New Chinese Air-Launched Glide Weapon Designed To Be An Airfield Killer
This latest weapon closely resembles the American AGM-154 JSOW and its design is optimized for standoff attacks primarily against airfields.
China has unveiled a new “smart” glide dispenser weapon that closely resembles the Raytheon AGM-154 Joint Stand-Off Weapon (JSOW). In a video posted by state-run China Central Television, or CCTV, this weekend, an orange-painted example of the weapon was shown, loaded on a trolley in what was reportedly a People’s Liberation Army Air Force storage facility.
A report on the Shanghai-based news website Eastday stated that CCTV’s National Defense Science and Industry program had disclosed details of the domestically-made 1,100lb (500kg)-class air-launched weapon for the first time. CCTV’s reporter provided a guided tour of the glide weapon, including manually extending and retracting its small wings. The weapon shares obvious common design features with the JSOW including an almost identical tail configuration with six small fins. The front end of the Chinese weapon appears less sophisticated in design than its U.S. counterpart, which also includes a sleeker nose profile that was designed for low-observability (stealth). You can read all about the JSOW in this past article of ours, as well as how it is gaining a powered cruise missile capability here.
China’s Global Times added more detail, saying the weapon — for which a formal designation remains unknown — “can release hundreds of submunitions,” which it said “can effectively paralyze an airfield in one shot.” A senior engineer at the China North Industries Group Corporation (NORINCO), which is stated as the weapon’s manufacturer, is quoted as saying that each glide-bomb can carry 240 sub-munitions of six types. These likely include armor-penetrating submunitions and mines that can be dispersed across a large area, such as an airfield or a critical choke point.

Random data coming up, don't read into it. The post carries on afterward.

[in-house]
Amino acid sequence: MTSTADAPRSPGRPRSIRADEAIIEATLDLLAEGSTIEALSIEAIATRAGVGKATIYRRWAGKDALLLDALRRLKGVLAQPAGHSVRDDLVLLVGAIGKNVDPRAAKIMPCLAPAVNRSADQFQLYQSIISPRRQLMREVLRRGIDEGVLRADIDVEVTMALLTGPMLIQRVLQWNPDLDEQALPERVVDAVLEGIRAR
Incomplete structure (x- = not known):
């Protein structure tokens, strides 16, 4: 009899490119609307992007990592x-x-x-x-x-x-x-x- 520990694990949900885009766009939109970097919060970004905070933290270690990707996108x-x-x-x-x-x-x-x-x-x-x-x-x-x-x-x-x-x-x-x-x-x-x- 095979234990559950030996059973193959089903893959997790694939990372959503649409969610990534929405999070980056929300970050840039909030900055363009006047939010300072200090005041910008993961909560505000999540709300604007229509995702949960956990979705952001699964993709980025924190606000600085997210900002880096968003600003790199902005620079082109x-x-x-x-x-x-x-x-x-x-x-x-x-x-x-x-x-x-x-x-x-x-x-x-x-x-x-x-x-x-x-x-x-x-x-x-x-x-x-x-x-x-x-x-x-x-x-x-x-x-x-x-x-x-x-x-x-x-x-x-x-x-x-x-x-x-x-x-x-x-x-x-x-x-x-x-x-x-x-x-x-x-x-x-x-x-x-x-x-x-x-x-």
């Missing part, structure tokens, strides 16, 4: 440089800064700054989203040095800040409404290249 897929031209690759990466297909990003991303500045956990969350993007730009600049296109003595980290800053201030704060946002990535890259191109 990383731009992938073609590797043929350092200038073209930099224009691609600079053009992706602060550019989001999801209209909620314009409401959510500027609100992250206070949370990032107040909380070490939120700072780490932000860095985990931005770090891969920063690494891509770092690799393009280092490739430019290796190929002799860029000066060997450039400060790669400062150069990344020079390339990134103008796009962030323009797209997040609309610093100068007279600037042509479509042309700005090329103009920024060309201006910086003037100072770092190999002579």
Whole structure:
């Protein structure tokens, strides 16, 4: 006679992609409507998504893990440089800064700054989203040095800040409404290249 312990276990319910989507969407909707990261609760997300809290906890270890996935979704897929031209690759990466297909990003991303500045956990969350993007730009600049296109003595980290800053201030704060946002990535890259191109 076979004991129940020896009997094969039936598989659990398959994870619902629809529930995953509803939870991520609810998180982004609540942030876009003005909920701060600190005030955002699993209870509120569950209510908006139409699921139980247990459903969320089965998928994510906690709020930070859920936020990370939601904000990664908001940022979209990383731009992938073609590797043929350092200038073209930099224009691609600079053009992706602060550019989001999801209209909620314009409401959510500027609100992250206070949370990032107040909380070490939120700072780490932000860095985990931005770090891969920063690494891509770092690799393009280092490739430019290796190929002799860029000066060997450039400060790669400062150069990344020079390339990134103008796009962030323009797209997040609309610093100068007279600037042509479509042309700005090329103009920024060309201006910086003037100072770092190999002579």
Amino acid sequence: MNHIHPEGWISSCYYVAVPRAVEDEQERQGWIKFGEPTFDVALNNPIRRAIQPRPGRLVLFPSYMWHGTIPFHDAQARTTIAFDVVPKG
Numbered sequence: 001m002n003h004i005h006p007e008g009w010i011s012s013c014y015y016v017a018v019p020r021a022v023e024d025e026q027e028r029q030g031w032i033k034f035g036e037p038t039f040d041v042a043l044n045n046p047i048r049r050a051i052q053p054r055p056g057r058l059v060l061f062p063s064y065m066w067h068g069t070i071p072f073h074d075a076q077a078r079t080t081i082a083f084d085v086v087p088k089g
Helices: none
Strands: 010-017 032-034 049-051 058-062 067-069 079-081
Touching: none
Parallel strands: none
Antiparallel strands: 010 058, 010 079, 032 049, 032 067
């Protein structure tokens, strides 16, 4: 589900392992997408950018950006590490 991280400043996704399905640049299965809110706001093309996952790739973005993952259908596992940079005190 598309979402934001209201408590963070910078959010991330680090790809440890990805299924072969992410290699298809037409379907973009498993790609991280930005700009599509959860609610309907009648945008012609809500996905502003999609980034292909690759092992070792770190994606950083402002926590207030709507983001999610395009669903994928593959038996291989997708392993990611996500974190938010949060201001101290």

“According to reports, this advanced aerial bomb has a range of more than 60 km [37 miles],” the report stated. “It not only has high strike accuracy, but can also be loaded with a variety of ammunition,” it added, describing a dispersal area for the sub-munitions as being “more than 6,000 square meters.” It also attributed the weapon with the ability to perform “high-altitude long-range launch, autonomous all-weather attacks, and high-precision hits.”
“A typical munitions dispenser like this can disable an airfield for an extended period with only one shot because the sheer number of sub-munitions means the whole runway will be destroyed, and it is also possible that some of the submunitions will be mines, which will make attempts to repair the runway very risky,” said the Global Times, quoting a “Chinese military expert.”
The body of the weapon includes a faceted configuration, presumably to reduce its radar signature, plus pop-out wings to increase its glide range. Like the U.S. JSOW, this should allow for a precision strike at long range, without the launch aircraft needing to enter into the heart of high-threat defense zones around a high-value target, such as an airfield.
Runway denial weapons using submunitions such as the Hunting JP233 that was carried by British Royal Air Force Tornados carried a mixture of cratering munitions and delayed fuse mines, the latter of which are designed to hamper repair efforts.